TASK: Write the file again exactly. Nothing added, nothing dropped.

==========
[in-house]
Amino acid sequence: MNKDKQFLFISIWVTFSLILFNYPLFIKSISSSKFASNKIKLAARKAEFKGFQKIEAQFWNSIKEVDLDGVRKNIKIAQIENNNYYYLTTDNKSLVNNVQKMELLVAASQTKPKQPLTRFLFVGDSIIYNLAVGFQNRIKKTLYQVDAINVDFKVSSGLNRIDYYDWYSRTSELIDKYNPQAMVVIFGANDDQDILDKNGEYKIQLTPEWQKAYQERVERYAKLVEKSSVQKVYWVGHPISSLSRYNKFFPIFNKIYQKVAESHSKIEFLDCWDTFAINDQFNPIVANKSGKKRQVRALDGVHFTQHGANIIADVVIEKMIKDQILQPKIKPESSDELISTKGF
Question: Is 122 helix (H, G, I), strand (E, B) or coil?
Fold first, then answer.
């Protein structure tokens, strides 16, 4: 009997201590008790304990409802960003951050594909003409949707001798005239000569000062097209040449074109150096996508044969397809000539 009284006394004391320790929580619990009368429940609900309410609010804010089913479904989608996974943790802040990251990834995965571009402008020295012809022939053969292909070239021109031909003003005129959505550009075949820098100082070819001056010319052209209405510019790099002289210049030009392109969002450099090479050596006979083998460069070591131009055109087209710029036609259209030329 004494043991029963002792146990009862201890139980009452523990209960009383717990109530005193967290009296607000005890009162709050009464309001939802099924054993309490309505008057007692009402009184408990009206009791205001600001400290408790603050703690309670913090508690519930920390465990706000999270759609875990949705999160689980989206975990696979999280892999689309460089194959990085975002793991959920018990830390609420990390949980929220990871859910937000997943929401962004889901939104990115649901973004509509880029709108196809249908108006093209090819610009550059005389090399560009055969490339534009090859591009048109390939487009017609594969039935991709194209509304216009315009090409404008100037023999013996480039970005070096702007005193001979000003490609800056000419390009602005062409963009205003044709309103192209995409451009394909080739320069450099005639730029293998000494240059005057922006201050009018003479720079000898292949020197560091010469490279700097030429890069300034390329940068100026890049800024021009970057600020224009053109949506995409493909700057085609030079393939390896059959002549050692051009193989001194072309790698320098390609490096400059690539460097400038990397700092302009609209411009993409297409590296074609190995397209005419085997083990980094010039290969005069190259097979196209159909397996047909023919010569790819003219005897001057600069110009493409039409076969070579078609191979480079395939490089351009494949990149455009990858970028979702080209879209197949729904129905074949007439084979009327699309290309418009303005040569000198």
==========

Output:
[in-house]
Amino acid sequence: MNKDKQFLFISIWVTFSLILFNYPLFIKSISSSKFASNKIKLAARKAEFKGFQKIEAQFWNSIKEVDLDGVRKNIKIAQIENNNYYYLTTDNKSLVNNVQKMELLVAASQTKPKQPLTRFLFVGDSIIYNLAVGFQNRIKKTLYQVDAINVDFKVSSGLNRIDYYDWYSRTSELIDKYNPQAMVVIFGANDDQDILDKNGEYKIQLTPEWQKAYQERVERYAKLVEKSSVQKVYWVGHPISSLSRYNKFFPIFNKIYQKVAESHSKIEFLDCWDTFAINDQFNPIVANKSGKKRQVRALDGVHFTQHGANIIADVVIEKMIKDQILQPKIKPESSDELISTKGF
Question: Is 122 helix (H, G, I), strand (E, B) or coil?
Fold first, then answer.
């Protein structure tokens, strides 16, 4: 009997201590008790304990409802960003951050594909003409949707001798005239000569000062097209040449074109150096996508044969397809000539 009284006394004391320790929580619990009368429940609900309410609010804010089913479904989608996974943790802040990251990834995965571009402008020295012809022939053969292909070239021109031909003003005129959505550009075949820098100082070819001056010319052209209405510019790099002289210049030009392109969002450099090479050596006979083998460069070591131009055109087209710029036609259209030329 004494043991029963002792146990009862201890139980009452523990209960009383717990109530005193967290009296607000005890009162709050009464309001939802099924054993309490309505008057007692009402009184408990009206009791205001600001400290408790603050703690309670913090508690519930920390465990706000999270759609875990949705999160689980989206975990696979999280892999689309460089194959990085975002793991959920018990830390609420990390949980929220990871859910937000997943929401962004889901939104990115649901973004509509880029709108196809249908108006093209090819610009550059005389090399560009055969490339534009090859591009048109390939487009017609594969039935991709194209509304216009315009090409404008100037023999013996480039970005070096702007005193001979000003490609800056000419390009602005062409963009205003044709309103192209995409451009394909080739320069450099005639730029293998000494240059005057922006201050009018003479720079000898292949020197560091010469490279700097030429890069300034390329940068100026890049800024021009970057600020224009053109949506995409493909700057085609030079393939390896059959002549050692051009193989001194072309790698320098390609490096400059690539460097400038990397700092302009609209411009993409297409590296074609190995397209005419085997083990980094010039290969005069190259097979196209159909397996047909023919010569790819003219005897001057600069110009493409039409076969070579078609191979480079395939490089351009494949990149455009990858970028979702080209879209197949729904129905074949007439084979009327699309290309418009303005040569000198």